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mRNA decapping: finding the right structures

Abstract : In eukaryotes, the elimination of the m7GpppN mRNA cap, a process known as decapping, is a critical, largely irreversible and highly regulated step of mRNA decay that withdraws the targeted mRNAs from the pool of translatable templates. The decapping reaction is catalysed by a multi-protein complex formed by the Dcp2 catalytic subunit and its Dcp1 cofactor, a holoenzyme that is poorly active on its own and needs several accessory proteins (Lsm1-7 complex, Pat1, Edc1-2, Edc3 and/or EDC4) to be fully efficient. Here, we discuss the several crystal structures of Dcp2 domains bound to various partners (proteins or small molecules) determined in the last couple of years that have considerably improved our current understanding of how Dcp2, assisted by its various activators, is recruited to its mRNA targets and adopts its active conformation upon substrate recognition. We also describe how, over the years, elegant integrative structural biology approaches combined to biochemistry and genetics led to the identification of the correct structure of the active Dcp1-Dcp2 holoenzyme among the many available conformations trapped by X-ray crystallography.This article is part of the theme issue '5' and 3' modifications controlling RNA degradation'.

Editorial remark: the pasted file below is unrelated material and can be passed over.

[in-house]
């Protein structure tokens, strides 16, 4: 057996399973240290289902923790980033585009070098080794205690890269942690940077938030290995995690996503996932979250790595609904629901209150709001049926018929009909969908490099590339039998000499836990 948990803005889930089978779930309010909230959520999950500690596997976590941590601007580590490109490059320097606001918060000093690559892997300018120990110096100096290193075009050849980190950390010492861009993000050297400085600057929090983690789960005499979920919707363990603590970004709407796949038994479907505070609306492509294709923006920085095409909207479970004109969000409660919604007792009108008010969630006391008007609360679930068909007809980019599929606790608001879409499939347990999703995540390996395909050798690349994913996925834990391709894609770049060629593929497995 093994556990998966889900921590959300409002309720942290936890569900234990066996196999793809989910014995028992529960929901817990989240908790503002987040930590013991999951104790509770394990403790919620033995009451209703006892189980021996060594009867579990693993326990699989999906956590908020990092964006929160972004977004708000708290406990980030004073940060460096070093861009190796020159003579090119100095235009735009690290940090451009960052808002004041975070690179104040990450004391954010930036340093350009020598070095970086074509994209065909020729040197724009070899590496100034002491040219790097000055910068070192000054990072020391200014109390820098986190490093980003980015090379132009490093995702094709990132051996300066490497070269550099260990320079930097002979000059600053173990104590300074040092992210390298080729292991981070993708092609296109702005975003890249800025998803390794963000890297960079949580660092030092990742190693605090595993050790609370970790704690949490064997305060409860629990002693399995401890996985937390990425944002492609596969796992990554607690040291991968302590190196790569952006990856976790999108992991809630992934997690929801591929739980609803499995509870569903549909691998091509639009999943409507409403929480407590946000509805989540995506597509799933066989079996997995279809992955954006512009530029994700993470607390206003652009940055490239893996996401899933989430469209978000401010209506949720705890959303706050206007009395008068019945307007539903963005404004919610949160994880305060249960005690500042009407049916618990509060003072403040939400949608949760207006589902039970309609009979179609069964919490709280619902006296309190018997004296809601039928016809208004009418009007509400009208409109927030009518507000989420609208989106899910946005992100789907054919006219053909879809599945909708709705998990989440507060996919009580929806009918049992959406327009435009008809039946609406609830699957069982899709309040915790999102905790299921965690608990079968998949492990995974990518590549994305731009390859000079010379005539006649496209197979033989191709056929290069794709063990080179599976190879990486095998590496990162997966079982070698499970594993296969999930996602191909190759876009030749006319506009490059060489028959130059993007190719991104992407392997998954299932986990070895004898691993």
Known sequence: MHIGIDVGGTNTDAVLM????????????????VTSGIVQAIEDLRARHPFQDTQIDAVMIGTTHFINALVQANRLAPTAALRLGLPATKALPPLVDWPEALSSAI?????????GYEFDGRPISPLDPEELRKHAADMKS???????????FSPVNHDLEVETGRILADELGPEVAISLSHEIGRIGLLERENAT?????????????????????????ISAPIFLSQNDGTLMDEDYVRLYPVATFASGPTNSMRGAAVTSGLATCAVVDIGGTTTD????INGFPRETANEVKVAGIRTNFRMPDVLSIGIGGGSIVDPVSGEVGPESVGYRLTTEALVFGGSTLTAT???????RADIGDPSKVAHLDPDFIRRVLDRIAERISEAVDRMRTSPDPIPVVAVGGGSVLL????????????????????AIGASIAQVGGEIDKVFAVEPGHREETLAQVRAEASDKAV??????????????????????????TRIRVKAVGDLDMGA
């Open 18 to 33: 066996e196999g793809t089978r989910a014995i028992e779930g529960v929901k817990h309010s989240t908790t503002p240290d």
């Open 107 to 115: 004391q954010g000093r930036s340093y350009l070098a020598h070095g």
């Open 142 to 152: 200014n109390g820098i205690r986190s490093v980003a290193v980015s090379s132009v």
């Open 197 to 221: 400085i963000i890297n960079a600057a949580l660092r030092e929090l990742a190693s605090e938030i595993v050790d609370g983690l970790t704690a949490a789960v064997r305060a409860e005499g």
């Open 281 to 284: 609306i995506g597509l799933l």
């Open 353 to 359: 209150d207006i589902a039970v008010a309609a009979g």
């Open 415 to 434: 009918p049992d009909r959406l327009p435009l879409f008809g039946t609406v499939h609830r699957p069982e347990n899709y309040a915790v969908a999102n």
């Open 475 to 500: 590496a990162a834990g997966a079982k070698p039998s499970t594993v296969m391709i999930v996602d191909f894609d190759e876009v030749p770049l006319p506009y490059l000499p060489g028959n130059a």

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Contributor : Aurélien Arnoux Connect in order to contact the contributor
Submitted on : Friday, January 4, 2019 - 10:57:54 AM
Last modification on : Monday, November 9, 2020 - 3:50:06 PM



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Clément Charenton, Marc Graille. mRNA decapping: finding the right structures. Philosophical Transactions of the Royal Society B: Biological Sciences, Royal Society, The, 2018, 373 (1762), pp.20180164. ⟨10.1098/rstb.2018.0164⟩. ⟨hal-01969480⟩



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